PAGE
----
Posted: 12:18 pm Monday, February 23rd, 2015
By Jamie Dupree
The Obama Administration today asked a federal judge in Texas to end his temporary injunction against the President’s executive actions on immigration, arguing to leave that in place would cause “irreparable harm” to the United States Government.
“Allowing the preliminary injunction to remain in place pending appeal would also harm the interests of the public and of third parties, who will be deprived of the significant law enforcement and humanitarian benefits,” the Department of Justice argued in its request for an emergency stay.
A spokesman for the Department of Justice, Brian Fallon, said if the Texas judge does nothing by Wednesday, then the feds may move up to the Fifth Circuit Court of Appeals.
DOJ motion in TX #immigration case seeks epedited consideration of stay by Feb 25 or may seek relief from Court of Appeals
— Brian Fallon (@brianefallon) February 23, 2015
You can read the entire filing today by the Justice Department here.
Senate still deadlocked on immigration
While the legal battle escalates over the executive actions by the President, Congress is still trying to figure out what’s next in the political fight over not only the immigration changes, but also funding for the Department of Homeland Security.
On Monday, Democrats blocked the start of debate on a House-passed bill for a fourth time, as the votes haven’t changed on the issue in the last three weeks.
GOP Senators said after the vote that it’s not time to give in, even with the threat of a shutdown at the end of this week for the Department of Homeland Security.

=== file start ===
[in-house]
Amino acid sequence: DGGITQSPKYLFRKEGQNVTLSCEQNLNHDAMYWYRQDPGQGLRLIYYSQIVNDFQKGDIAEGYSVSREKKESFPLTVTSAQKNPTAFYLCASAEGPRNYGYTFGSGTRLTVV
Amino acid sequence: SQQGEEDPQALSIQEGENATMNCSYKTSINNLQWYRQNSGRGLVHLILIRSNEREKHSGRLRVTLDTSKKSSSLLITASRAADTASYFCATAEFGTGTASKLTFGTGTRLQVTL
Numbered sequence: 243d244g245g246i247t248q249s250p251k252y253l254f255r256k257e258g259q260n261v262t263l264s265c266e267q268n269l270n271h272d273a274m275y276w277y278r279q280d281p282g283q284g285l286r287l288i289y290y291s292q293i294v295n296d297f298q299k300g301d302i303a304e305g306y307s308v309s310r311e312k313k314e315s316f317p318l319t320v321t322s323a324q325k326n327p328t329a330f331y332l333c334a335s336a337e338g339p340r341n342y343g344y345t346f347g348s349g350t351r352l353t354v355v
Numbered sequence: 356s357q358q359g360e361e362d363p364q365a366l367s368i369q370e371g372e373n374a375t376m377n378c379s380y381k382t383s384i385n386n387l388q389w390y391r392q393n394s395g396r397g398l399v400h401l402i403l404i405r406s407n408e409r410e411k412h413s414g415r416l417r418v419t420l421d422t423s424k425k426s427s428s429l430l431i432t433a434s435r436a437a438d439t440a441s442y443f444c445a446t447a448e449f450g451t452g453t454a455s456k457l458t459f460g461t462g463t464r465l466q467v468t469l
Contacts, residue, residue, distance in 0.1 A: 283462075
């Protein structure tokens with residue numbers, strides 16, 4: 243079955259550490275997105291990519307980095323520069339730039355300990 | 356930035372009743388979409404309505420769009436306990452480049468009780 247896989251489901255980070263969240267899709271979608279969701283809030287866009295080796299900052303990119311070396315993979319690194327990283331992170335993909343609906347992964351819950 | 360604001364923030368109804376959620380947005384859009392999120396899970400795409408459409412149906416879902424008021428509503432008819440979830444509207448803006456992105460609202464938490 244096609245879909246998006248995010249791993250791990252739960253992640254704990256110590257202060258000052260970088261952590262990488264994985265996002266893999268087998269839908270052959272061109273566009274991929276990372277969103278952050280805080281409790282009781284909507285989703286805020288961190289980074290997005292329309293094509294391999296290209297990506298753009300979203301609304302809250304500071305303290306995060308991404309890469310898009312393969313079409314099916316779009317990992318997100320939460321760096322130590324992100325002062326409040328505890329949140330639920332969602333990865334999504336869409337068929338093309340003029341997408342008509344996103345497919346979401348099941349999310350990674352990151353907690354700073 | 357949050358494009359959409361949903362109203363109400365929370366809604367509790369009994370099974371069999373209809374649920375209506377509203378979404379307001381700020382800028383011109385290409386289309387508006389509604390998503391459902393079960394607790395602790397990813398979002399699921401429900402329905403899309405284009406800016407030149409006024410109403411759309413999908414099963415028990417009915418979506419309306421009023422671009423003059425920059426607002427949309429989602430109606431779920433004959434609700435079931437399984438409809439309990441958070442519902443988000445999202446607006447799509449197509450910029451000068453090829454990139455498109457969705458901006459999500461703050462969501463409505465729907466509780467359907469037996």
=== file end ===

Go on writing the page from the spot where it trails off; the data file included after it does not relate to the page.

“I think we’re on the right side of this issue,” said Sen. Jim Inhofe (R-OK). “We ought to stick with it and not worry so much about who is going to get the blame.”
Meanwhile, Senate Majority Leader Mitch McConnell last night started to set up a vote later this week on a plan that would roll back the President’s immigration actions – not tied to the budget for homeland defense.
It wasn’t immediately clear if that would provide some way forward to break the current deadlock on the issue in the Senate, as Democrats denounced the plan.
Republicans though want to force Democrats to go on the record about the President’s executive actions, which so far, they have been able to avoid doing.
About the Author
Jamie Dupree is the Radio News Director of the Washington Bureau of the Cox Media Group and writes the Washington Insider blog. A native of Washington, D.C., Jamie has covered Congress and politics in the nation’s capital since the Reagan Administration, and has been reporting for Cox since 1989.